Australia’s banks, including Domestic Systemically Important Banks, are audited in accordance with the requirements of the Corporations Act. The Domestically Systemically Important Banks are each audited by one of the “Big Four” international audit firms being KPMG, PricewaterhouseCoopers, Ernst & Young  (“EY”) and Deloitte.

 

Those audit firms have been central to a number of major corporate and accounting scandals, including those in the USA, UK and Australia. These scandals have cost investors billions of dollars when the share prices of affected companies collapsed, and shook public confidence in securities markets.

 

A 2018 UK report, Reforming The Auditing Industry details the activities of the Big Four audit firms. Released in December 2018, the report was prepared by a team of experts led by retired accounting professor Prem Sikka, who advised the British parliamentary inquiries into the collapses of the large retailer BHS and contractor Carillion. It exposes how the Big Four are more influential

and pervasive in their criminality than even the banks in the City of London and Wall Street, or Australia’s Big Four. These four firms “audit almost all of the UK and the world’s major banks and leading corporations”, the report notes; independent Australian investigative reporter Michael West in 2016 put the figure at 98 per cent of the world’s largest multinational companies. The Big Four have therefore signed off on the illegal activities and fraudulent accounting that is rife in the banking system, and which caused all the major financial crises of recent decades, including the 2008 global financial crash. They have protected the predatory practices by which corporate executives and large shareholders have been able to loot companies for their own personal wealth, which has bankrupted companies and robbed employees, pension funds and small business creditors. They have also designed and overseen the world’s tax avoidance/evasion infrastructure and practices, which collectively robs governments of trillions of dollars and equivalent of revenue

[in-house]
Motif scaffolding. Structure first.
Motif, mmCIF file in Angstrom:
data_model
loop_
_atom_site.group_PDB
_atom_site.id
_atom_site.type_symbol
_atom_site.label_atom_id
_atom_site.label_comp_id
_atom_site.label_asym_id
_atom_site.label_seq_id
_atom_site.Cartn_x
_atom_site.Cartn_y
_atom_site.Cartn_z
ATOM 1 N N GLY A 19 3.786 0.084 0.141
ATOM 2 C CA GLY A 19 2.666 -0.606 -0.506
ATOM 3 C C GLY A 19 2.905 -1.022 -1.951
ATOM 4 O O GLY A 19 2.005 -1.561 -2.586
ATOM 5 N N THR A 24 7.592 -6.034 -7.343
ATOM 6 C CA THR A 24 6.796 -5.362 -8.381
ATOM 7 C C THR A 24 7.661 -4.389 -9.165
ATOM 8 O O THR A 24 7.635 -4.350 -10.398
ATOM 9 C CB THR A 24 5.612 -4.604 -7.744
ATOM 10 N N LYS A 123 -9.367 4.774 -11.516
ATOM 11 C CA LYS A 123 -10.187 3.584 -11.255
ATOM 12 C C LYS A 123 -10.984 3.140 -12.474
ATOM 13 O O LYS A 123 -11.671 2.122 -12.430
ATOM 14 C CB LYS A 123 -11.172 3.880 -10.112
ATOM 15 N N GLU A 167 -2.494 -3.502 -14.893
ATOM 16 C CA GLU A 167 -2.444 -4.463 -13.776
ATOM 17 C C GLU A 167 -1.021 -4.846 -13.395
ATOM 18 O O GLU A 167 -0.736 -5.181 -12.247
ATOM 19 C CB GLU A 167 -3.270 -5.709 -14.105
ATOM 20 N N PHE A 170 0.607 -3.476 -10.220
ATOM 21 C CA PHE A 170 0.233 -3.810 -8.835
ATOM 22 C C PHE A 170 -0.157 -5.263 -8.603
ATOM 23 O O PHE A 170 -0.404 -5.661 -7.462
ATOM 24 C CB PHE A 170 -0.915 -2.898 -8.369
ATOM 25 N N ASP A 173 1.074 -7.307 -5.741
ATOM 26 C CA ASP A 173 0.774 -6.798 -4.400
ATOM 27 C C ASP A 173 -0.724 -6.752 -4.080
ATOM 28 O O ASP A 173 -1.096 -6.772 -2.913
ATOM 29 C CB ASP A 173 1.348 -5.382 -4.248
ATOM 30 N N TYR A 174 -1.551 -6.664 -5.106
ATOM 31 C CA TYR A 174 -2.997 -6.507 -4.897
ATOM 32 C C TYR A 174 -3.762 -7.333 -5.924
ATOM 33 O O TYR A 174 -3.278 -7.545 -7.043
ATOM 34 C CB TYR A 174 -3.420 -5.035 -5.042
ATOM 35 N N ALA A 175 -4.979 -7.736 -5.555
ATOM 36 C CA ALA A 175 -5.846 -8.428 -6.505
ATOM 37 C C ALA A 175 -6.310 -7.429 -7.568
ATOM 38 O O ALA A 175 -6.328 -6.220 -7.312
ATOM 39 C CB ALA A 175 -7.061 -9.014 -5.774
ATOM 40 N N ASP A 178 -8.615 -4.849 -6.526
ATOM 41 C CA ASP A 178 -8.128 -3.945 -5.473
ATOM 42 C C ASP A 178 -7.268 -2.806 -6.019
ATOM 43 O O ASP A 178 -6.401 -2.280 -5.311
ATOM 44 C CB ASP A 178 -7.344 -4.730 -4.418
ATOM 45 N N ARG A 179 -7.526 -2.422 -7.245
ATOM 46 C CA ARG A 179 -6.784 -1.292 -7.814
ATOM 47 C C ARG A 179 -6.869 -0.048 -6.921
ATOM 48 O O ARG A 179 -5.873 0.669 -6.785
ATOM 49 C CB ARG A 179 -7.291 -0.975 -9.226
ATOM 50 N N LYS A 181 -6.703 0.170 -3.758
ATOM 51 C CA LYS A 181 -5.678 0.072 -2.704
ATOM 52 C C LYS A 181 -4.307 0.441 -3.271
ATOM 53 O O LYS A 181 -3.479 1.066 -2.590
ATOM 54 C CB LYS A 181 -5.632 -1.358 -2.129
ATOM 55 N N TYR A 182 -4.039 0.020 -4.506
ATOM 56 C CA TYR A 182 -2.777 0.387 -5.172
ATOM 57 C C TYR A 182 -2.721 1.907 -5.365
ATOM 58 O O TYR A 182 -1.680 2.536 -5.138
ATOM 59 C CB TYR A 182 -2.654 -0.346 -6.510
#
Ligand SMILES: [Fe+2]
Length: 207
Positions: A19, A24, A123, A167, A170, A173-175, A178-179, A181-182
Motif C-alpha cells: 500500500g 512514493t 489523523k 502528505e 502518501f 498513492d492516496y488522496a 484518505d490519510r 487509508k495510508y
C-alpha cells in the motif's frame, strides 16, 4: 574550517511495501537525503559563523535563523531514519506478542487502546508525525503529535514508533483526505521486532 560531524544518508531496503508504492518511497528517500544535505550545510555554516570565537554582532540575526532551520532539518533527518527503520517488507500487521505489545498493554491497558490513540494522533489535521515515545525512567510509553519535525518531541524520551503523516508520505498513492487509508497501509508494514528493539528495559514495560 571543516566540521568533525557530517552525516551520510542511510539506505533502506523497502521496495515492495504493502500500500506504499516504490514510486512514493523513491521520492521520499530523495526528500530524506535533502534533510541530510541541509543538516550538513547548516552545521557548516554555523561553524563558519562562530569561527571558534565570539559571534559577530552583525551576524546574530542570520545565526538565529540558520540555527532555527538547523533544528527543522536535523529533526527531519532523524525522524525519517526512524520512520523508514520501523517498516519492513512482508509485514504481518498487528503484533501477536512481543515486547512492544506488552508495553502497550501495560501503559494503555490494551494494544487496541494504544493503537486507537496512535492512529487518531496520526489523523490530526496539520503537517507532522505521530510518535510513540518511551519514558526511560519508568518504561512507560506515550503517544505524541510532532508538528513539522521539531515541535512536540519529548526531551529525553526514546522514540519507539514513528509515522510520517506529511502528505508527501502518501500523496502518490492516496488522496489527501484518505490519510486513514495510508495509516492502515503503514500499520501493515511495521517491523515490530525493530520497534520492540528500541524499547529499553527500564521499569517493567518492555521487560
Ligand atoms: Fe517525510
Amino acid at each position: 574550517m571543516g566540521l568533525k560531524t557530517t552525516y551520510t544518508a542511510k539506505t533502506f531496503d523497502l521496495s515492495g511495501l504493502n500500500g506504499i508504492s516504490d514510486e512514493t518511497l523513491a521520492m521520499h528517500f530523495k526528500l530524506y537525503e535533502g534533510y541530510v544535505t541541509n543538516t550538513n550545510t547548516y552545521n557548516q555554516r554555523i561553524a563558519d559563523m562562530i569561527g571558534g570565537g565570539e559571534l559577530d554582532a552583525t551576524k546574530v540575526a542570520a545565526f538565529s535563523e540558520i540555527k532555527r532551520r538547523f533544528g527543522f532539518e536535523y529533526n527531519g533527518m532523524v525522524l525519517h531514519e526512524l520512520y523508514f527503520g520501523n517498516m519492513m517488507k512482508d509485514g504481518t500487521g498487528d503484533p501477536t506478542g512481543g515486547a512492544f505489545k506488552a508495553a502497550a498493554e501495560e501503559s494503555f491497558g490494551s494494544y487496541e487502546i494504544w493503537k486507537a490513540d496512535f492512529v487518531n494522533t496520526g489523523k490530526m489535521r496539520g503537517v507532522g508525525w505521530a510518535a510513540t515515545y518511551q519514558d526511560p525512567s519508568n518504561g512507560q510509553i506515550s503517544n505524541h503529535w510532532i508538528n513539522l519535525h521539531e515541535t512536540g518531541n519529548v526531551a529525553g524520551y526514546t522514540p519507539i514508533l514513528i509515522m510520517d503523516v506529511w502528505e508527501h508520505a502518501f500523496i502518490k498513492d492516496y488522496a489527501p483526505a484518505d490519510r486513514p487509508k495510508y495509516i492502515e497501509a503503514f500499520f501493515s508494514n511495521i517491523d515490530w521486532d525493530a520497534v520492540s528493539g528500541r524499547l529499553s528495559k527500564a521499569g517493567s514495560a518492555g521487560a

that could otherwise be spent on services and infrastructure. Amazingly, they have never seriously been held to account for their role in these financial disasters, crimes and schemes.

 

As Australia’s Financial Services Royal Commission repeatedly highlighted throughout 2018, the financial system is riddled with conflicts of interests, which are at the centre of virtually all instances of crime and misconduct. The Big Four accounting firms are structured around a fundamental conflict of interests. Auditing is a state-mandated function - companies are required by law to have their books audited by an external auditor. Accounting firms thus enjoy a state-mandated market, in every country. The purpose of audits is to give stakeholders - shareholders, customers, regulators, etc. - confidence in the companies’ financial accounts; the integrity of the audit is therefore all-important. However, the Big Four accounting firms don’t just audit big corporations, they also provide consultancy services to the same corporations, which actually comprises a bigger part of their business than auditing. In general, one third of the Big Four’s revenue comes from auditing, and the rest from consultancy services. This means there is no way that their audits can be trusted as independent.